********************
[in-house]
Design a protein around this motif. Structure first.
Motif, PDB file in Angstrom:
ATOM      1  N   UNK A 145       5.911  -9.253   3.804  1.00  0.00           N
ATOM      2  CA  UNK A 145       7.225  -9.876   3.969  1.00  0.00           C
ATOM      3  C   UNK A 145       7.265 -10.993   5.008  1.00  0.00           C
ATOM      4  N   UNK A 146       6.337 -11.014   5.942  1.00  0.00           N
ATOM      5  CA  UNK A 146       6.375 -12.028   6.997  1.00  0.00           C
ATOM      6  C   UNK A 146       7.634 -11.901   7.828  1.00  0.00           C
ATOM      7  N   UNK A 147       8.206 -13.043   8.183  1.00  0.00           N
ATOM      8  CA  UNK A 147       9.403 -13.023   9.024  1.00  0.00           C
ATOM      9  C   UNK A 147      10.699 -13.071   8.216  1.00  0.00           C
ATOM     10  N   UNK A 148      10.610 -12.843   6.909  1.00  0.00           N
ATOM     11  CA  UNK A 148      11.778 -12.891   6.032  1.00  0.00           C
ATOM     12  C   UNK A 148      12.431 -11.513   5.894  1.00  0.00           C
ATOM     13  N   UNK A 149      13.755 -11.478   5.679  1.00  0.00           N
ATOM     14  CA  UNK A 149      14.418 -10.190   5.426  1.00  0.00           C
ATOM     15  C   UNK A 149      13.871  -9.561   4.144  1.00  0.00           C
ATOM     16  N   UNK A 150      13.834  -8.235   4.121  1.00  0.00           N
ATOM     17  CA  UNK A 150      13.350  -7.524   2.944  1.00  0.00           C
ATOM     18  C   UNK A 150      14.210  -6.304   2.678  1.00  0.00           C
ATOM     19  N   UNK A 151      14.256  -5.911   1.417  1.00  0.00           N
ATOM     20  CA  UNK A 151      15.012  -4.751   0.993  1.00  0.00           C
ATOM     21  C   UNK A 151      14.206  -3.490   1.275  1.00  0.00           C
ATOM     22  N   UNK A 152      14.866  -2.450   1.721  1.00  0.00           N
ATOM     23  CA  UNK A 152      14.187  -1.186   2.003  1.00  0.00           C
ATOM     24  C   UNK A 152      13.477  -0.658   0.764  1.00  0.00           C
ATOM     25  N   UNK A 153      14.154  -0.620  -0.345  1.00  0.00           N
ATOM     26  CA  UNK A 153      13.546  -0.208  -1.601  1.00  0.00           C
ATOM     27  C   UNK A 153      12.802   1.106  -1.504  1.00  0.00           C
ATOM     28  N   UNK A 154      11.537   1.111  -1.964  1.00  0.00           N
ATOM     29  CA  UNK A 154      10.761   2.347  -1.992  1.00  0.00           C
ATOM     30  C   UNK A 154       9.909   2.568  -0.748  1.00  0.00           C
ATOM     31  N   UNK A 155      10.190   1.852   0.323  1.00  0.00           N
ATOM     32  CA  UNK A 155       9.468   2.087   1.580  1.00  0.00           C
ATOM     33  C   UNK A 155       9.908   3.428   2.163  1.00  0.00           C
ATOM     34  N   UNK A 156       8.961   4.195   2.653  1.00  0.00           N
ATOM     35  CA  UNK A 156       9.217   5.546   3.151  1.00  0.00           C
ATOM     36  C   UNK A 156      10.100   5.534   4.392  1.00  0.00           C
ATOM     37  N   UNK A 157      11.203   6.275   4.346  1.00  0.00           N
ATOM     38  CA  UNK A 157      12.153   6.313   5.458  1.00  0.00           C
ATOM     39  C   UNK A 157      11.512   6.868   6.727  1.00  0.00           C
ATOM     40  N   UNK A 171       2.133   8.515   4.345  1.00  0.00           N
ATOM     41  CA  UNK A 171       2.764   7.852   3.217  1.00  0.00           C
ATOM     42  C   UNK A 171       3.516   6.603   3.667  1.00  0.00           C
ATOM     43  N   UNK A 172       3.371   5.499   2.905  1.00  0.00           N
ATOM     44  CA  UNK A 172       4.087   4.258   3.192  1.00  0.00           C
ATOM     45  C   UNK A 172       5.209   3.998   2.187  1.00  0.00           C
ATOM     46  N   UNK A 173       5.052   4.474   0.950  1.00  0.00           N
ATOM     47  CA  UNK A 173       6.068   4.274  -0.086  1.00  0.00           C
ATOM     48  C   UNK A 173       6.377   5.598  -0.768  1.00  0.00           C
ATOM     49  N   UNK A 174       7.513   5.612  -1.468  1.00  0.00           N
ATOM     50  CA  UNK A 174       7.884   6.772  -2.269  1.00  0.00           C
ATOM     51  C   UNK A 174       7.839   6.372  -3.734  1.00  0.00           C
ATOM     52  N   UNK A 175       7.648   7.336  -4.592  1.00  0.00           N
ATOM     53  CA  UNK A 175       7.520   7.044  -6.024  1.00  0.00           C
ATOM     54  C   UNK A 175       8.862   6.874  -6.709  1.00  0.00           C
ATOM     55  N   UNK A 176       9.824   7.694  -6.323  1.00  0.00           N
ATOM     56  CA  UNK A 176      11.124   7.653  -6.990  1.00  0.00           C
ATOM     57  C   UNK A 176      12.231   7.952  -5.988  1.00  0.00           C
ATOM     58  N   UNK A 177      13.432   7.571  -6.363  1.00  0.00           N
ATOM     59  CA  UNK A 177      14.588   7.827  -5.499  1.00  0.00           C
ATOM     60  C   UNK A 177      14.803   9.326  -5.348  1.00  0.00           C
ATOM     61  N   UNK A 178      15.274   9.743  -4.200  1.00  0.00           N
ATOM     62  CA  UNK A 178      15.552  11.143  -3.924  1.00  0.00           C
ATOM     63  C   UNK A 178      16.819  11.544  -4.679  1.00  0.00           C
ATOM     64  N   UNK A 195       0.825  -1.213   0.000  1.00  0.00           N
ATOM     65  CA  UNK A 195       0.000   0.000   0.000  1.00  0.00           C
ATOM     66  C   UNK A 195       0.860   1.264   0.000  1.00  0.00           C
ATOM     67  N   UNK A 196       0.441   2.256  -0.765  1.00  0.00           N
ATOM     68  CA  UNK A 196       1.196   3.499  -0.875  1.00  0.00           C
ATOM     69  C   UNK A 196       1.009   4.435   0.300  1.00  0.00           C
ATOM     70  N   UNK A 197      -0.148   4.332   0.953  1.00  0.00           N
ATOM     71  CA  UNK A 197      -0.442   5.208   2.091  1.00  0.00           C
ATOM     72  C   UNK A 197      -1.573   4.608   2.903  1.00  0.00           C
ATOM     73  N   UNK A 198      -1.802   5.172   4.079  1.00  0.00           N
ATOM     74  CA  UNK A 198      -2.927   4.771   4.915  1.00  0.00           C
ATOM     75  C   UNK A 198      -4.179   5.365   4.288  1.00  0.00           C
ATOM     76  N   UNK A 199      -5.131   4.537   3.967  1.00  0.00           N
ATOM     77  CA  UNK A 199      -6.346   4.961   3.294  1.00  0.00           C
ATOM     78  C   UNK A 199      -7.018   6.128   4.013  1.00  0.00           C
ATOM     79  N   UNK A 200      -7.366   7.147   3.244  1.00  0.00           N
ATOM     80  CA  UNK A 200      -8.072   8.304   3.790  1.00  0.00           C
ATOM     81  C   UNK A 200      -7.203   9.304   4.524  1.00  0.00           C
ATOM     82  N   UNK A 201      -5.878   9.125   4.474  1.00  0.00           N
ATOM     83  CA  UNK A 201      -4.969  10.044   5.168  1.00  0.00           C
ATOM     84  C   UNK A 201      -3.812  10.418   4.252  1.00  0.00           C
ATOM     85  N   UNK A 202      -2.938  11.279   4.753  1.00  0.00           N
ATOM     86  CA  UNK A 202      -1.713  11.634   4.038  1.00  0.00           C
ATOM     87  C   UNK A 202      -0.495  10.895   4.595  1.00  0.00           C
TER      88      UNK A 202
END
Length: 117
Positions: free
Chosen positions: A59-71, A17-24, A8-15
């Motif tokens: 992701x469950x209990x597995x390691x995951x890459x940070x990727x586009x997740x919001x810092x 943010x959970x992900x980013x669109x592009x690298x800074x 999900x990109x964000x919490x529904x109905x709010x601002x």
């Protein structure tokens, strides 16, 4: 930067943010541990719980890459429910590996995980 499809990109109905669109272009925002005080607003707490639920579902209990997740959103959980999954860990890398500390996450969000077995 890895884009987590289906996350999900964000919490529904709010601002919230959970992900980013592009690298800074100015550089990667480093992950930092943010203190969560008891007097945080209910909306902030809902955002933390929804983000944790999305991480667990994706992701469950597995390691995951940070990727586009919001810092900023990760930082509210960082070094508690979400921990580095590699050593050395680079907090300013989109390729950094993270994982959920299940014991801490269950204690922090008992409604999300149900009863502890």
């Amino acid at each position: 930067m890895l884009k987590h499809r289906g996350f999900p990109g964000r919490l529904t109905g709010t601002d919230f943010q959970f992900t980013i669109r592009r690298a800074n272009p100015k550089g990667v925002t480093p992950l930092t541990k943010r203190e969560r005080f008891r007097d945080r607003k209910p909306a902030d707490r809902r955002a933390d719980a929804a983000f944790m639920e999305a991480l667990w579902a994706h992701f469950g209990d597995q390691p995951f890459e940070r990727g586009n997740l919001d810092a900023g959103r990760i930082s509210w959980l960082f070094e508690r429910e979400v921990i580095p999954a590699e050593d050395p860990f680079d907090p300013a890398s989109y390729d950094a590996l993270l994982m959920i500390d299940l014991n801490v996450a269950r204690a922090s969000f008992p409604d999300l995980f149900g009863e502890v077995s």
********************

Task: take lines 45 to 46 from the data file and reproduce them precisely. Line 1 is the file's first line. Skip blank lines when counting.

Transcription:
ATOM     42  C   UNK A 171       3.516   6.603   3.667  1.00  0.00           C
ATOM     43  N   UNK A 172       3.371   5.499   2.905  1.00  0.00           N